Series: Game 4 of 4

Chi White Sox won 3-1

Game 1: Thursday, September 30
Chi White Sox9Final
Kansas City2
Game 2: Friday, October 1
Chi White Sox4Final
Kansas City2
Game 3: Saturday, October 2
Chi White Sox2Final
Kansas City10
Game 4: Sunday, October 3
Chi White Sox5Final
Kansas City0

White Sox 5

(83-79, 37-44 away)

Royals 0

(58-104, 33-47 home)

    2:10 PM ET, October 3, 2004

    Kauffman Stadium, Kansas City, Missouri 

    123456789 R H E
    CWS 100200020 5 11 0
    KC 000000000 0 3 0

    W: J. Contreras (13-9)

    L: Z. Greinke (8-11)

    Contreras, Sox shut out Royals

    KANSAS CITY, Mo. (AP) -- Jose Contreras didn't even know he had a no-hitter going until just about the time it ended.

    Contreras allowed two hits in eight innings Sunday in leading the Chicago White Sox over the Kansas City Royals 5-0 on the final day of the regular season.

    "It wasn't until the sixth that I realized they didn't have any hits," Contreras said through an interpreter.

    He kept the Royals off-balance all day long with a crisp assortment of breaking pitches.

    "He was working real fast and throwing strikes," manager Ozzie Guillen said. "It's good to go out on a win. You have to play for something -- either it's RBI, a win or next season."

    Contreras (13-9) struck out four and walked two. He sat down 16 straight batters until Ruben Gotay singled leading off the seventh. The only other hit he allowed was a single in the same inning by Matt Stairs.

    Reliever Shingo Takatsu pitched the ninth, completing a three-hitter.

    Willie Harris and Joe Borchard each had three hits for the White Sox, who ended a disappointing season with an 83-79 record and second-place finish in the AL Central. The White Sox had contended until injuries took sluggers Frank Thomas and Magglio Ordonez out for the year.

    After going 83-79 and finishing second to the Twins last year, Kansas City set a team record for losses by going 58-104, breaking the mark set when the Royals went 62-100 in 2000. The Royals, also hurt by injuries, lost eight of their last nine games.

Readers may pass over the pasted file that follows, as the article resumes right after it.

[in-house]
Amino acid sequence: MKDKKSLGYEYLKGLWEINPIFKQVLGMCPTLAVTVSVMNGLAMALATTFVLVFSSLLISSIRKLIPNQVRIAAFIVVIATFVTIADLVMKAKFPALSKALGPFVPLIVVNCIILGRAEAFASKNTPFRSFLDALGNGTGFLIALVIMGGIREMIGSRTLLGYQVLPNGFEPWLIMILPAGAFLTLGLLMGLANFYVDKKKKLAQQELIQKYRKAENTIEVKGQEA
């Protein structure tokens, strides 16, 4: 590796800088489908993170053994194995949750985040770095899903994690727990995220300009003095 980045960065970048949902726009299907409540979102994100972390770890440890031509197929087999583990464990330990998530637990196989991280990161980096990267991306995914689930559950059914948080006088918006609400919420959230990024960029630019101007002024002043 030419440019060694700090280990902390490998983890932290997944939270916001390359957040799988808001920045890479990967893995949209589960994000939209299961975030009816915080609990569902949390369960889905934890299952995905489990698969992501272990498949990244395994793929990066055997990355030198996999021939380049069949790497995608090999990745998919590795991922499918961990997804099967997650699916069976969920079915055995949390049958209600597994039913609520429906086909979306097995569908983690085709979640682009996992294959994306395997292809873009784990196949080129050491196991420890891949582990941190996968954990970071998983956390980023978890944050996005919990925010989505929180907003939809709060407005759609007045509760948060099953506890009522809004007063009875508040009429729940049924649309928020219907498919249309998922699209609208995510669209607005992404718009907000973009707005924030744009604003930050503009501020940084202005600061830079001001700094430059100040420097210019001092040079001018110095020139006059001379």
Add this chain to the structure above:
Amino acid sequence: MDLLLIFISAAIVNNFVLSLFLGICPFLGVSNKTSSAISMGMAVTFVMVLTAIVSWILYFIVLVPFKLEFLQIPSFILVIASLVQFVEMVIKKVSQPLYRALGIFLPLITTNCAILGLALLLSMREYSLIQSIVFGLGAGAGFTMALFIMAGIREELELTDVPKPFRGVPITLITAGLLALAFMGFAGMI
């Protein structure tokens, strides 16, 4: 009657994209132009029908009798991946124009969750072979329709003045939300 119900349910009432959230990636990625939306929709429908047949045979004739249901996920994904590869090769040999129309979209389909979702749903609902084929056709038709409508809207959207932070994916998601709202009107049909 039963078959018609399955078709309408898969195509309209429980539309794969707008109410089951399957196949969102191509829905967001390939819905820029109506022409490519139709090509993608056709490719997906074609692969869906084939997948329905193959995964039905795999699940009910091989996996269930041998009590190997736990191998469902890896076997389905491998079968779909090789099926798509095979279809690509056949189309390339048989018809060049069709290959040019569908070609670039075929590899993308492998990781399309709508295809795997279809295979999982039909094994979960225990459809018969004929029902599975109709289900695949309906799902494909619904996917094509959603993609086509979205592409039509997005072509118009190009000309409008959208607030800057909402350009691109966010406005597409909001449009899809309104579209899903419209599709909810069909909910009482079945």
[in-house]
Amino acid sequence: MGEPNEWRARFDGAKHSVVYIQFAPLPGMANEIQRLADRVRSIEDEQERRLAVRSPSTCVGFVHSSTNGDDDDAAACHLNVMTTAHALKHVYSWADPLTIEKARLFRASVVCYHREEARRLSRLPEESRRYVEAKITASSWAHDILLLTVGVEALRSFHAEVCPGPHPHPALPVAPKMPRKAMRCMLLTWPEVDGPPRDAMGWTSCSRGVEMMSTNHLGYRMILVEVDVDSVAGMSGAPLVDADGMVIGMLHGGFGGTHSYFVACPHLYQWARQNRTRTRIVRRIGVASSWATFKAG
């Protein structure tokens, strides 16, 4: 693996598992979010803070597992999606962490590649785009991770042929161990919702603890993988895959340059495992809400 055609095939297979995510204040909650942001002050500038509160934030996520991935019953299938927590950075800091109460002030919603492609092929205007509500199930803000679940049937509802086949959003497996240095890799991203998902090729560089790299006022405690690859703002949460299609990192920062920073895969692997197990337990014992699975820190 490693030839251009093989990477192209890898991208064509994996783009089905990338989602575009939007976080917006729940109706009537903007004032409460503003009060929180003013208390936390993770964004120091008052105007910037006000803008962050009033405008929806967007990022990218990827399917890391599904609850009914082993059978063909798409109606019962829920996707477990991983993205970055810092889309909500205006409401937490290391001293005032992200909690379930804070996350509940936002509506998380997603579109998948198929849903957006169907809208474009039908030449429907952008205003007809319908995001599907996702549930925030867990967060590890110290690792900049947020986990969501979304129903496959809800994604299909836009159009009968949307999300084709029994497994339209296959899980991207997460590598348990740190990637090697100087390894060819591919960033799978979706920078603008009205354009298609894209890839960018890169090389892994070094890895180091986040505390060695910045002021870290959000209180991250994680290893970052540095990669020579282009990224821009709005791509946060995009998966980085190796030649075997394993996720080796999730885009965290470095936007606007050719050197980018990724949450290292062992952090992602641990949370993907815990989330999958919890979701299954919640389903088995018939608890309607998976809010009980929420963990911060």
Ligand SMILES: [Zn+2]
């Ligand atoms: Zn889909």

"It's been a bitterly disappointing year," said Royals general manager Allard Baird, who announced staff changes after the game.

    Acquired from the New York Yankees on July 31, Contreras went 5-4 in 14 starts with the White Sox and his 9.21 ERA in September was the highest in the American League. Kansas City was shut out 13 times, matching Tampa Bay for the most in the AL.

    "Thank heavens I was able to get that hit," Gotay said. "After everything else that's happened to us this year, we sure didn't want to end the year by getting no-hit."

    The Royals, buoyed by the encouraging finish a year ago, averaged a little better than 21,000 per game in attendance, their third-highest since 1994.

    Joe Randa, the popular third baseman who was probably playing his last game for Kansas City, went 0-for-3 with a walk and received a standing ovation every time he batted.

    "That was something I never expected," Randa said. "It means so much, it's hard to put into words. I just wish we could have done a better job for these fans this year. They deserve better."

    Zack Greinke (8-11) allowed three runs and seven hits in five innings. He went 0-2 in his last four starts.

    Chicago went ahead on Ross Gload's sacrifice fly in the first and then made it 3-0 in the fourth on Borchard's RBI single and Wilson Vazquez's run-scoring grounder.

    Borchard homered off Shawn Camp in the eighth -- Chicago's 39th against the Royals this year, a White Sox record for the most against an opponent. Harris also singled in a run.

    Game notes

    Chicago's Carlos Lee was the only qualifying outfielder in the major leagues to have a perfect fielding percentage. ... Randa is eighth on the Royals career list with 1,019 games. ... For the first time in franchise history, no Royals pitcher won 10 games. ... The Royals said Guy Hansen will replace pitching coach Mike Mason and Joe Jones will replace third base coach John Mizerock and coach first base. Luis Silverio will move from first base coach to third.

    Copyright by STATS LLC and The Associated Press